The prelate noted that although the Church has “never stopped teaching that the devil exists,” and she “has always maintained the rite of exorcism,” there has not been a “special recommendation by the Pope to increase exorcisms in the Church ... to resolve the sexual abuse scandals.”

“That’s ridiculous,” he said.

Noting that the solution to this problem lies in personal conversion, Cardinal Scherer encouraged Catholics “not to be carried away by the ‘marketing’ of religion and of our faith.  Our task is to courageously and intensely promote the proclamation of the truth and the formation of consciences in light of the truth of the Word of God and the righteousness of the moral law.”

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Italian political paper: NY Times needs consultants more than Vatican does

Rome, Italy, Apr 6, 2010 (CNA/EWTN News) - The influential Italian political newspaper Il Foglio published an article today criticizing the New York Times for relying on a computer-generated translation from Italian to English of important responses from the Vatican to a sex abuse case. The failure to translate led the American newspaper to argue that Cardinal Joseph Ratzinger was protecting a sexually abusive priest from Milwaukee.

The article, titled “What the New York Times does not translate,” starts by saying, “Last Sunday, New York Times columnist Maureen Dowd returned to attack the Pope. Commenting on the words of exorcist Gabriele Amorth, who said that behind pedophile priests is the devil, Dowd suggested a way for the Catholic church to solve the problem: hire a ‘sexorcist.’"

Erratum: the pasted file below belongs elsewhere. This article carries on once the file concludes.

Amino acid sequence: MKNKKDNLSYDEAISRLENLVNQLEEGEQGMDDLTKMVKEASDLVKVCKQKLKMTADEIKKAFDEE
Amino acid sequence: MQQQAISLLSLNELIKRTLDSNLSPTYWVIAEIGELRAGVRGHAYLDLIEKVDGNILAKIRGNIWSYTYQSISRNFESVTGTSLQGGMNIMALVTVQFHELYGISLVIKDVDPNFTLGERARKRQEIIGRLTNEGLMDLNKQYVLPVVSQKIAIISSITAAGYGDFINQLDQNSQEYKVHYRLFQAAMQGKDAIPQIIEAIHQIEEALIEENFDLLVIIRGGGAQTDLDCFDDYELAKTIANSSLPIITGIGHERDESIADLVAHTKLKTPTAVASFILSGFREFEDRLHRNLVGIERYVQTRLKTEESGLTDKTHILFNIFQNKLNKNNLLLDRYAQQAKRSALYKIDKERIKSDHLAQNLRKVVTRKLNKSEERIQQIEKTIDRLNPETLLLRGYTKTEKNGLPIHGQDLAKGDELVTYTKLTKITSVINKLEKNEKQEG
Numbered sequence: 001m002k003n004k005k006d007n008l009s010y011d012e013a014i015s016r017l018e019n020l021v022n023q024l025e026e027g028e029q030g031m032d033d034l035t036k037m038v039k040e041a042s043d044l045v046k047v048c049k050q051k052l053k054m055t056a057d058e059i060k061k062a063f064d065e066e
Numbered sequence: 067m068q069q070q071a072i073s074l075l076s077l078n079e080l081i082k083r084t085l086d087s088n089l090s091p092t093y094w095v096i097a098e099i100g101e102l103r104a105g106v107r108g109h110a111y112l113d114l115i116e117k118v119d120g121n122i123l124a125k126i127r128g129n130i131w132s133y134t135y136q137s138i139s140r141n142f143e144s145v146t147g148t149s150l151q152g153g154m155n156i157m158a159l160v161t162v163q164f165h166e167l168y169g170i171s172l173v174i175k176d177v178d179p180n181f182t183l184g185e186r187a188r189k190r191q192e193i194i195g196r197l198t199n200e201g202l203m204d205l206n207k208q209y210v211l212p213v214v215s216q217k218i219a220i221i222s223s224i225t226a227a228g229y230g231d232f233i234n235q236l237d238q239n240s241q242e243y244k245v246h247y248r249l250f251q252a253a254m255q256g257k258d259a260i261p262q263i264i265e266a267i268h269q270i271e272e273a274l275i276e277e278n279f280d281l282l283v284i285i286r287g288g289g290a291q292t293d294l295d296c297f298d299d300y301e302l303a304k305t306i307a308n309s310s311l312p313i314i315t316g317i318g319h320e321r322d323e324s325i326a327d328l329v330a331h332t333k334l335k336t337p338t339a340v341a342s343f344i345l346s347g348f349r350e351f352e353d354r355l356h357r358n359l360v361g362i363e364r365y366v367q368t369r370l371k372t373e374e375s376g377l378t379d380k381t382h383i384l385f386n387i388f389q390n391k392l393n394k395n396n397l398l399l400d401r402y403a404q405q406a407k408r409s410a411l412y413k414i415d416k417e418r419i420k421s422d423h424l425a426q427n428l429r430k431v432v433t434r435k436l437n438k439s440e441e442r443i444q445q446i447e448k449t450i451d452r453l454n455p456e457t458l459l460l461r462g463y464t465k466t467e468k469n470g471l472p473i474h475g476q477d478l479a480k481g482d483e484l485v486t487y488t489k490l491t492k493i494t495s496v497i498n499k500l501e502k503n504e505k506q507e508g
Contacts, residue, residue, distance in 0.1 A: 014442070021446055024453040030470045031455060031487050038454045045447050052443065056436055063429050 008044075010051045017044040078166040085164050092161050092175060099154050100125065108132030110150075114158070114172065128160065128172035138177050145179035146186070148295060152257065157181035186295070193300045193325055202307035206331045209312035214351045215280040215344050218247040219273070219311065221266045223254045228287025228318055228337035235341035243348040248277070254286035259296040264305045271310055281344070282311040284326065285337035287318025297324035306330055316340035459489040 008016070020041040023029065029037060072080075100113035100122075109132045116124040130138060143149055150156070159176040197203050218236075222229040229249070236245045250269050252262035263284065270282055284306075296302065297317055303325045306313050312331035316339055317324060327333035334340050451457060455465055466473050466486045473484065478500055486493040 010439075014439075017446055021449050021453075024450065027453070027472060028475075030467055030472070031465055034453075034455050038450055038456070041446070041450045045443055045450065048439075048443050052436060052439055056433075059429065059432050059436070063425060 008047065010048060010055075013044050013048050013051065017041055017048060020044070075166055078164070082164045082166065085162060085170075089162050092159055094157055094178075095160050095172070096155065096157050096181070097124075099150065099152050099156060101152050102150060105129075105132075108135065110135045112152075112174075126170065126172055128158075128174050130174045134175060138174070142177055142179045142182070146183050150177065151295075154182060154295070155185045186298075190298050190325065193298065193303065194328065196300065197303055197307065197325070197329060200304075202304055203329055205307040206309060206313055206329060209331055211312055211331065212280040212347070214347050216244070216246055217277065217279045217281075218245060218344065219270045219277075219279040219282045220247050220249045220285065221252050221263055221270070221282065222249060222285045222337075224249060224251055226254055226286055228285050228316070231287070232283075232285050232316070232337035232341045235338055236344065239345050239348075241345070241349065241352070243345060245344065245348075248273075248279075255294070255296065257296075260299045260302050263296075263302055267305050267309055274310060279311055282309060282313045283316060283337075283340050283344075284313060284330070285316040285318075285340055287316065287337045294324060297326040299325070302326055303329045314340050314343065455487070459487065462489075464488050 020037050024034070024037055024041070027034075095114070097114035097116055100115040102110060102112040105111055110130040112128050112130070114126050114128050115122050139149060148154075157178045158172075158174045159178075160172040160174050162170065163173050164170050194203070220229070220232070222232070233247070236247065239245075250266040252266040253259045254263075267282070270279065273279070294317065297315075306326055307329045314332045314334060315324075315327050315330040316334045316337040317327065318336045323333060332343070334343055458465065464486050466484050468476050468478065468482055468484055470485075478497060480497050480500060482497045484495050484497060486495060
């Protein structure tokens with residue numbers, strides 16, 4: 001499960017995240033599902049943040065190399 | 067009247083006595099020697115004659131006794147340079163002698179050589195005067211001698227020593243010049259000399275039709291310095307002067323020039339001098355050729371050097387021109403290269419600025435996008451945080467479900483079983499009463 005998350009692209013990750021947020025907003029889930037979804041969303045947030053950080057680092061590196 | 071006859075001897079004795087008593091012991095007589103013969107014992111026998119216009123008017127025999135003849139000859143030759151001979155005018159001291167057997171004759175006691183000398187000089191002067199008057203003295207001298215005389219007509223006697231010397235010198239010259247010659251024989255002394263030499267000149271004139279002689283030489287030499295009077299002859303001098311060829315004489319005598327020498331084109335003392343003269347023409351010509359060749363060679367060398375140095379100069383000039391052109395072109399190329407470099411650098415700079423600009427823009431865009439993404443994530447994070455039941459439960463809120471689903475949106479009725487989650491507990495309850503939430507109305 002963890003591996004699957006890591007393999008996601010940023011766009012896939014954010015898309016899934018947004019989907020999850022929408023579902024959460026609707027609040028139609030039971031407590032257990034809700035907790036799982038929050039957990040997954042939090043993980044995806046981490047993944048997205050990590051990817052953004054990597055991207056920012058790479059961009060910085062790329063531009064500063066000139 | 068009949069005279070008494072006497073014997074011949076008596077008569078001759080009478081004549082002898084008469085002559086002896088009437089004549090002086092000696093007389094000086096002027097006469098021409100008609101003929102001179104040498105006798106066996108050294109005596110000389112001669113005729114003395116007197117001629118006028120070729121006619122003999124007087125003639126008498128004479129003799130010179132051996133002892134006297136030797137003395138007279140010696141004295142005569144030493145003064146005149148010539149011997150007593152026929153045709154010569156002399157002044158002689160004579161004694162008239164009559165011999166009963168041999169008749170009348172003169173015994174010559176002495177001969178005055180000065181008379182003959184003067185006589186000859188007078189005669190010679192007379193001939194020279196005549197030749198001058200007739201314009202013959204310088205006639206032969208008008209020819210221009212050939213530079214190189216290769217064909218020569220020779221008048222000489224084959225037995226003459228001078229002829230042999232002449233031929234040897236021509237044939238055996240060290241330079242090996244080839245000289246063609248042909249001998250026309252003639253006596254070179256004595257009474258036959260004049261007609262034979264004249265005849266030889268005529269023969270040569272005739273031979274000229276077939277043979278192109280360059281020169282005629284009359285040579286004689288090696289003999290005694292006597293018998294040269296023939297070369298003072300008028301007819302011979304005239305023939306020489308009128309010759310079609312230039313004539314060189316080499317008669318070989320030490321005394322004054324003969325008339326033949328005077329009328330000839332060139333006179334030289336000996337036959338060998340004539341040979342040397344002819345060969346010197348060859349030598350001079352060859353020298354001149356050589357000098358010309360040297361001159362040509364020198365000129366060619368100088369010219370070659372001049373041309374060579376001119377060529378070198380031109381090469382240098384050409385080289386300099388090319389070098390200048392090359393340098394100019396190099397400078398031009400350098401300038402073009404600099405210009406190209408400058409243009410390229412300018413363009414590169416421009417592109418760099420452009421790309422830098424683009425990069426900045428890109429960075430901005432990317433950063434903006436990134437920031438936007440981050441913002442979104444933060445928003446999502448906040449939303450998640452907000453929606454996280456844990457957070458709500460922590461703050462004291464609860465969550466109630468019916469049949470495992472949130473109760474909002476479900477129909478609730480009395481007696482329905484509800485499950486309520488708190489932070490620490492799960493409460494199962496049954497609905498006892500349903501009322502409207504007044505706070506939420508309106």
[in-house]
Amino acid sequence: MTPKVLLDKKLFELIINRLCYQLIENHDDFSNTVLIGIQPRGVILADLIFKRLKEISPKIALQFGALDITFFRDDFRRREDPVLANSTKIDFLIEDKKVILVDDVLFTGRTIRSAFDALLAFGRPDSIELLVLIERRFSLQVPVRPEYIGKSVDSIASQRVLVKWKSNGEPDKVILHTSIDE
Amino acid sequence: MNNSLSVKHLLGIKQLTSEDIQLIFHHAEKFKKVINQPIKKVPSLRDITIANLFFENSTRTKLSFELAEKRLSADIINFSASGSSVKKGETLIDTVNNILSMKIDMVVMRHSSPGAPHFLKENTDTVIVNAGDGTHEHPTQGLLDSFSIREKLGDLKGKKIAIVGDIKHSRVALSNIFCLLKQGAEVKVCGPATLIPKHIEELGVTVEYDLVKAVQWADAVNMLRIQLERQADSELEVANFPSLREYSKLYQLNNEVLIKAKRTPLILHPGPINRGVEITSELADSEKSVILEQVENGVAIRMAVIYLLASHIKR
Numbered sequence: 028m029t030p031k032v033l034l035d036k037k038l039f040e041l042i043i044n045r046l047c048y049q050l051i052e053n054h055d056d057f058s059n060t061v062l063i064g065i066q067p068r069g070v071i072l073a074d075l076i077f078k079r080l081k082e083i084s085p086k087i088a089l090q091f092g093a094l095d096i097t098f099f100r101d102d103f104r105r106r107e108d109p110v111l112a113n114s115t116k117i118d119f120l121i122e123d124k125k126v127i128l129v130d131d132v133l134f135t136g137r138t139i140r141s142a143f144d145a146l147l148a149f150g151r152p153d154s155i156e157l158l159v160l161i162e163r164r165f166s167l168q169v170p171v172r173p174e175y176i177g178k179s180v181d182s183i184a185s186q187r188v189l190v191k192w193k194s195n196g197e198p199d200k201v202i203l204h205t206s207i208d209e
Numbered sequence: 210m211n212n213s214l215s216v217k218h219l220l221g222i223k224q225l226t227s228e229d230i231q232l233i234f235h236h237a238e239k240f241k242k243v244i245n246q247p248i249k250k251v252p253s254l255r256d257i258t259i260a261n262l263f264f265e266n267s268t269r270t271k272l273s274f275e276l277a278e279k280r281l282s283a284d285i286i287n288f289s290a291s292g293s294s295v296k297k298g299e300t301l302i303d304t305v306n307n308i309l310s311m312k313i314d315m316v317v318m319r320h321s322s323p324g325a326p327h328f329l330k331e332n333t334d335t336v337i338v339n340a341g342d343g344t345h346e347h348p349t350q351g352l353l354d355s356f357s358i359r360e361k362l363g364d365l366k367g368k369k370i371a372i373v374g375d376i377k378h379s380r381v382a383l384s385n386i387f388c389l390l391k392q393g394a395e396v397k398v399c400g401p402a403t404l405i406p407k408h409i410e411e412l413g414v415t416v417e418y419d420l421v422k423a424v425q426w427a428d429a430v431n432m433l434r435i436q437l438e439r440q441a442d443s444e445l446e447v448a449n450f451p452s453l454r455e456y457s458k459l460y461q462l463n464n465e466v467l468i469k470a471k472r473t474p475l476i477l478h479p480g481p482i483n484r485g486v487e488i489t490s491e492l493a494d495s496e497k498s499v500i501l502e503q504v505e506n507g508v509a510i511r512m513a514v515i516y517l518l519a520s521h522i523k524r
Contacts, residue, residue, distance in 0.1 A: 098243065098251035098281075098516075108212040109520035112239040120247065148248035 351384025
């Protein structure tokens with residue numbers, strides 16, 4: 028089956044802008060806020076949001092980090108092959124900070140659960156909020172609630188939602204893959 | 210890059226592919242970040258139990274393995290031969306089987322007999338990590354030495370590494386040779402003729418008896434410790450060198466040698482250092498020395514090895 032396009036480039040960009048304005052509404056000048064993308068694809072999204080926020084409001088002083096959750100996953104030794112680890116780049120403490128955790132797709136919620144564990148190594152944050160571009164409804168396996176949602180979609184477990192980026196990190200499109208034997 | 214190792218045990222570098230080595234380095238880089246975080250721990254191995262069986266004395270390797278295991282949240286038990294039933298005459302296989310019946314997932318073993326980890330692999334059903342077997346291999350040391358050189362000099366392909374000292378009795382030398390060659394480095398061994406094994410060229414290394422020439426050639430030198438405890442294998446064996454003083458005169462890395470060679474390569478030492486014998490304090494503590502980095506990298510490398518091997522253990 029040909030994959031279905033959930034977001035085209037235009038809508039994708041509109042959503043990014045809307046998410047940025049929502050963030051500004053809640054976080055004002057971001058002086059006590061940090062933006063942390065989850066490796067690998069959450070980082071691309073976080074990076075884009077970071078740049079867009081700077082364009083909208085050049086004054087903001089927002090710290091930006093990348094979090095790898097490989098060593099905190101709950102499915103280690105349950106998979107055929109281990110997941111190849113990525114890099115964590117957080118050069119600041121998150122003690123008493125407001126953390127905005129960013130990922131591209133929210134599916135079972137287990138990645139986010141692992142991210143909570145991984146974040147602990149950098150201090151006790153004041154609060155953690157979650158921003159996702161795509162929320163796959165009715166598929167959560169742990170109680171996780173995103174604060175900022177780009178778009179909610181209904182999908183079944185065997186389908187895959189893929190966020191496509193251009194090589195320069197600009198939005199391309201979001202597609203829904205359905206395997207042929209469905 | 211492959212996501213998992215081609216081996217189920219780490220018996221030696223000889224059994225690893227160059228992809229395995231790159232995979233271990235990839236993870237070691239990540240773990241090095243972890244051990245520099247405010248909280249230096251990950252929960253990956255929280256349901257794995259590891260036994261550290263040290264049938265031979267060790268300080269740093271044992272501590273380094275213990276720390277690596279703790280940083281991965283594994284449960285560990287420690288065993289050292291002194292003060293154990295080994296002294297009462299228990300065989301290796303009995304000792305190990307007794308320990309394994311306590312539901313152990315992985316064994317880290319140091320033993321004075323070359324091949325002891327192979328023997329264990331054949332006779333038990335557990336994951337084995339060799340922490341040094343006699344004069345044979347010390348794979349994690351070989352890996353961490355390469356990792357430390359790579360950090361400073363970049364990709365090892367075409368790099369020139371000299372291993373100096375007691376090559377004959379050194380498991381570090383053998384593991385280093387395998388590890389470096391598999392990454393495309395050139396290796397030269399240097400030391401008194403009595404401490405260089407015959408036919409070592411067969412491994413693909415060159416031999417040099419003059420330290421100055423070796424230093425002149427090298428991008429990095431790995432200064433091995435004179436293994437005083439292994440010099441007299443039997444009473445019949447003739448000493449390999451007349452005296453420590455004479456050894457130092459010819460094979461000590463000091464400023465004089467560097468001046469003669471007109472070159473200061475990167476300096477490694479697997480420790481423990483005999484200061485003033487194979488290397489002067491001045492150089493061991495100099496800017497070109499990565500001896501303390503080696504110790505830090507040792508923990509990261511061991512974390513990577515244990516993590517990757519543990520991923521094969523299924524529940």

Nevertheless, “after re-reading the NYT’s allegations against the current Pope on the case of the pedophile priest Lawrence Murphy, who abused hundreds of deaf children when he worked at a school in Milwaukee, it is the American newspaper which seems to be in need of some consultants,” the paper opines.

“Behind the accusations,” says Il Foglio’s senior writer Paolo Rodari, “there is a gross translation mistake.”

Rodari reviews how NYT’s Laurie Goodstein reconstructed the events on her March 25 article and concentrates on the correspondence between the Congregation for the Doctrine of the Faith and Archbishop Rembert Weakland, then of Milwaukee, his Auxiliary, Bishop Richard Skilba and the Bishop of Superior, Raphael Fliss.

“This is a meeting of crucial importance, because it reveals what path Bertone, on behalf of Ratzinger, decides to take once they know the facts.”

Il Foglio notes that the NYT story provides links to both the English and Italian version of the 1998 meeting, “but it omits to say one thing: the English version is a grossly distorted translation of the Italian, made with ‘Yahoo translator,’ a translation that the Vicar of the diocese, Thomas Brundage, sent to his authority, Bishop Fliss, to help him understand the Italian,” the Italian political paper explains.

According to Il Foglio, Fr. Brundage warned in his letter that “It is a very rough translation and the computer certainly cannot distinguish some of the peculiarities of canon law.”

The computer-generated English version would support the NYT’s allegations against Bertone and Ratzinger, “but that same conclusion is not possible if a correct review of the sources is done, in other words, if (the story) is based in the official text written by the CDF in Italian,” Rodari explains.